Munich : Edge of War Movie Plot And Review

Movie Review 

War... war never changes. And when it comes to the big screen, there's no change to the existing formula for portraying World War II through every lens imaginable. 

 From the epic and daring Saving Private Ryan to the intimate Crash to the terrifying Schindler's List, World War II is a war that audiences never tire of seeing. HBO's mini-series Band of Brothers arguably outshines all of its big-screen counterparts. But that's a debate for another day!

  What is indisputable here is that Munich: Edge of War once again returns to World War II, but this time on the eve of battle. For those wondering, two years before the events depicted in 2017's Darkest Hour.

  Germany is on the brink of war. With Hitler coming to power, he aims to invade Czechoslovakia. The British government is led by Neville Chamberlain, who wants a peaceful solution to prevent Britain from being thrown into a war that many people believe is inevitable.

  In the middle of this conflict are former classmates - a British civil servant named Hugh Legat and another, a German diplomat named Paul von Hartmann. The two head to Munich, where they face each other for the upcoming peace talks, hoping to stop the war before it destroys Europe.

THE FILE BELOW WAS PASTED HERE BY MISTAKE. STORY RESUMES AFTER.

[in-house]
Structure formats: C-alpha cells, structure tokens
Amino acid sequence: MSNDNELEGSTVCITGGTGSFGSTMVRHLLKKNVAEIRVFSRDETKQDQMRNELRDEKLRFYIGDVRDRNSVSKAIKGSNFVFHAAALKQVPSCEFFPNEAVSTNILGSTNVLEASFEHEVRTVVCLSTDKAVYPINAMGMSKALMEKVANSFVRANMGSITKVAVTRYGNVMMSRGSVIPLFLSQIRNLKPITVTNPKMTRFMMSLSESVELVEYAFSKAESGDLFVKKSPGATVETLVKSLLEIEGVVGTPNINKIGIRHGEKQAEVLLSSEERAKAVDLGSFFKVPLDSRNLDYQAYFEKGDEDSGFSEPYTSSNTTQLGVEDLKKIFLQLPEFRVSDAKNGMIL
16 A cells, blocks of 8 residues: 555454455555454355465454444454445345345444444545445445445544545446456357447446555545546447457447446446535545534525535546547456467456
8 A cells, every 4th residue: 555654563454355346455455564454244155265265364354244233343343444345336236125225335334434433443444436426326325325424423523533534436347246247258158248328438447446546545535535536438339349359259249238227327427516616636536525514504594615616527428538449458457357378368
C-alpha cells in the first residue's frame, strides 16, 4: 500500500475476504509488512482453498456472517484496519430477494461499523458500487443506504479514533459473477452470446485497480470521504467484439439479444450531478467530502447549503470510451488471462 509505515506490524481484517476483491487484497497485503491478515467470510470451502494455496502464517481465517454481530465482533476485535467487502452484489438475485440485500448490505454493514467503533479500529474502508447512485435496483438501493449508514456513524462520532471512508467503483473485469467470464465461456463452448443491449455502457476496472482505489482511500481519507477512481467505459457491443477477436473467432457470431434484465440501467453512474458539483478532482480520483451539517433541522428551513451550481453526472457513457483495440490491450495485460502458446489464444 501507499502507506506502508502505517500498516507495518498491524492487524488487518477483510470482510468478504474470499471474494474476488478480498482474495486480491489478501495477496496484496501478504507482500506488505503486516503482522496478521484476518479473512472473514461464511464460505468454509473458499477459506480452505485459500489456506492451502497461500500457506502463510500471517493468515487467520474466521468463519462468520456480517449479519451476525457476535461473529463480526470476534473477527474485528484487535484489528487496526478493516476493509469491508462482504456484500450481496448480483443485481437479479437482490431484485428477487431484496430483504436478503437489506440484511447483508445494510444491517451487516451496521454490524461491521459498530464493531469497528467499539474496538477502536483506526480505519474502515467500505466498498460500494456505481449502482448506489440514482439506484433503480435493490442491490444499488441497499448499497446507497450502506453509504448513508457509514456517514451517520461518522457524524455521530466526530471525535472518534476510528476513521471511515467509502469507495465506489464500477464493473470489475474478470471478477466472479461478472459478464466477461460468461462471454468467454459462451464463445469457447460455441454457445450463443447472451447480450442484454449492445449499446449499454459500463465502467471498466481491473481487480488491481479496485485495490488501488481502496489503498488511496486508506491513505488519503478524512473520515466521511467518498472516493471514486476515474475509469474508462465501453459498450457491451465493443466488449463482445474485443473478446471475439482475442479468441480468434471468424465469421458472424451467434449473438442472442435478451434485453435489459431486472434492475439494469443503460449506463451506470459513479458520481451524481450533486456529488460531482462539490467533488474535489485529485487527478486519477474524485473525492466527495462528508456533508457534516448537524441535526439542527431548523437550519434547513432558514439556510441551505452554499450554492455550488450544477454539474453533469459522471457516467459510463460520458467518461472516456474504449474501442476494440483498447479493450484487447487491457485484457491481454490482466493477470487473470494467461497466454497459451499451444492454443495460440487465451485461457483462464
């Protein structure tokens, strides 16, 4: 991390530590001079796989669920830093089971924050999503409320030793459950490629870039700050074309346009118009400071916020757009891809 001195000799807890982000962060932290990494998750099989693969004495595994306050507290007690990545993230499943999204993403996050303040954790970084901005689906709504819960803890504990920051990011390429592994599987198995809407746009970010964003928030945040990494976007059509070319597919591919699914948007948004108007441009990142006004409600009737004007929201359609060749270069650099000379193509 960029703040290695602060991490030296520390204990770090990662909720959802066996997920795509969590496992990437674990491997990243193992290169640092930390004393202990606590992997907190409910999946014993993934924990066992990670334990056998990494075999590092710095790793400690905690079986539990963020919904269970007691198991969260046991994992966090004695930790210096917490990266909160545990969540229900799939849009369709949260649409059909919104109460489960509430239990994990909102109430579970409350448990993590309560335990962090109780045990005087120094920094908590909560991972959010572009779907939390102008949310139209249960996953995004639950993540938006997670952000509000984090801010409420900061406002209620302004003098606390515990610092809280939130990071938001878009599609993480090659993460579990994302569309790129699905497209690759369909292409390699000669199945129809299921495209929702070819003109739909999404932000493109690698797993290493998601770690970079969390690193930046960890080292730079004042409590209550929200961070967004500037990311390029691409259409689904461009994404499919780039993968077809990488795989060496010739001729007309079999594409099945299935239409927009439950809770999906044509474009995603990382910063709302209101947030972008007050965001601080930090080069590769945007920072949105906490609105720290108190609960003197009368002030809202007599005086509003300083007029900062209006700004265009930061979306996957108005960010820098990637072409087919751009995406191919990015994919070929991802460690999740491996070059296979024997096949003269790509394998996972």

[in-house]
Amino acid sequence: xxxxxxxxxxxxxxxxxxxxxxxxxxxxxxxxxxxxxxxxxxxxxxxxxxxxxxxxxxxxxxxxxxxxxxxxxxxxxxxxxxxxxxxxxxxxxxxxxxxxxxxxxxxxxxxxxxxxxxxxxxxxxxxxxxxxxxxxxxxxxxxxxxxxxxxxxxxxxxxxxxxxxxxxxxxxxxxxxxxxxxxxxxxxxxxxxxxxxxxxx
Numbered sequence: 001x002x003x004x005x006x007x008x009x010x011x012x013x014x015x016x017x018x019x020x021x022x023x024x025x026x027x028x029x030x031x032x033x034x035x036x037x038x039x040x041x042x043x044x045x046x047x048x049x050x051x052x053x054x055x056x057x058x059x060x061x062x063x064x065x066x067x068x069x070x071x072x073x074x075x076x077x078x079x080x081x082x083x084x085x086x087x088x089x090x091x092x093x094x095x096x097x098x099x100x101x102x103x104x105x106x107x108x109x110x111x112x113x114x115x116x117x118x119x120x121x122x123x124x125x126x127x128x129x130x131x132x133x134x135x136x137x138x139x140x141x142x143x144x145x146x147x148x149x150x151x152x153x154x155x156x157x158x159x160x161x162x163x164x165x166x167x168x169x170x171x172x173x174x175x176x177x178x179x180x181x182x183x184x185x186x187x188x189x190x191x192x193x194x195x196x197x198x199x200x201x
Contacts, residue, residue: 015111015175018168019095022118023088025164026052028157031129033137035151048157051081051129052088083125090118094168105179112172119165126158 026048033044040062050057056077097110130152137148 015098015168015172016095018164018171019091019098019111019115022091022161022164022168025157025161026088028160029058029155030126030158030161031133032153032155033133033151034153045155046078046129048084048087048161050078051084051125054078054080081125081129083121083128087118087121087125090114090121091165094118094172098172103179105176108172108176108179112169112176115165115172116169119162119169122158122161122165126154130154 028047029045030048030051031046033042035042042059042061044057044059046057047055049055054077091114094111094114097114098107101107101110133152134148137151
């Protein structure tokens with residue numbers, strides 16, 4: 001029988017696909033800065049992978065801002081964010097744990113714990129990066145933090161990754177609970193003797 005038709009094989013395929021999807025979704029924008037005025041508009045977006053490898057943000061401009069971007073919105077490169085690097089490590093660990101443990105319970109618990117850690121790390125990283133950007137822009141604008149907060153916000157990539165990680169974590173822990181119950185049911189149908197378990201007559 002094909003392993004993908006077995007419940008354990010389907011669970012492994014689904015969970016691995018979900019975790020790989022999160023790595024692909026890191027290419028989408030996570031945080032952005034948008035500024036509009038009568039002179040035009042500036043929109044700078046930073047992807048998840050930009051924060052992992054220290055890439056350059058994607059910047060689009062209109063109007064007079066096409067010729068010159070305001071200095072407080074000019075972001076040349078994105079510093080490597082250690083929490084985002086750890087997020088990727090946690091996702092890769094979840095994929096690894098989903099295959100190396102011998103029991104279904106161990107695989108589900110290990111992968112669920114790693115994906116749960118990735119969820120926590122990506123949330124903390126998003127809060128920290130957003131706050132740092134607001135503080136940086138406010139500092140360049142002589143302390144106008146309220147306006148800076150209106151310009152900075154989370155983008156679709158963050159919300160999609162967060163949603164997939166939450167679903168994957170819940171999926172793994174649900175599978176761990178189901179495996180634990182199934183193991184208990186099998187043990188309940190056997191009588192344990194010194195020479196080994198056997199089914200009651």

Not Happy Ending 

  As many people know, this story doesn't have a happy ending, and that's the biggest problem with Munich: War's Edge. The drama is palpable, the political debate is intense, but because of how famous this period of history is, it makes things predictable.

  Apart from an inspired performance by Jeremy Irons as Neville Chamberlain and a couple of tense encounters late on, there's not much else that really stands out here.


Production Values 

   The production design is brilliant, the costumes are excellent, and there's a really wicked and unusual musical score that really elevates this scene. Unfortunately, the same cannot be said for the camera work. 

 One review I read likened this picture to being taken from a boat at sea, and sometimes it really does feel that way. The handheld camera swings wildly between characters and is sometimes so distracting that it takes away from the characters' performances. It's not a complete deal breaker as it's loaded with static shots and some nice cinematography, but it's definitely something you'll see a lot of.


  Munich: Edge of War has its moments, but most of the time it falls into the realm of "good" rather than "okay, this is really good." Given how many World War II thrillers we've been treated to over the years, this might be to be expected.

  While this won't break the bottom of the barrel, the keg we serve up won't quench your thirst. It's a decent watch and a nice way to kill a few hours, but it's unlikely to be a movie you'll return to in a hurry.

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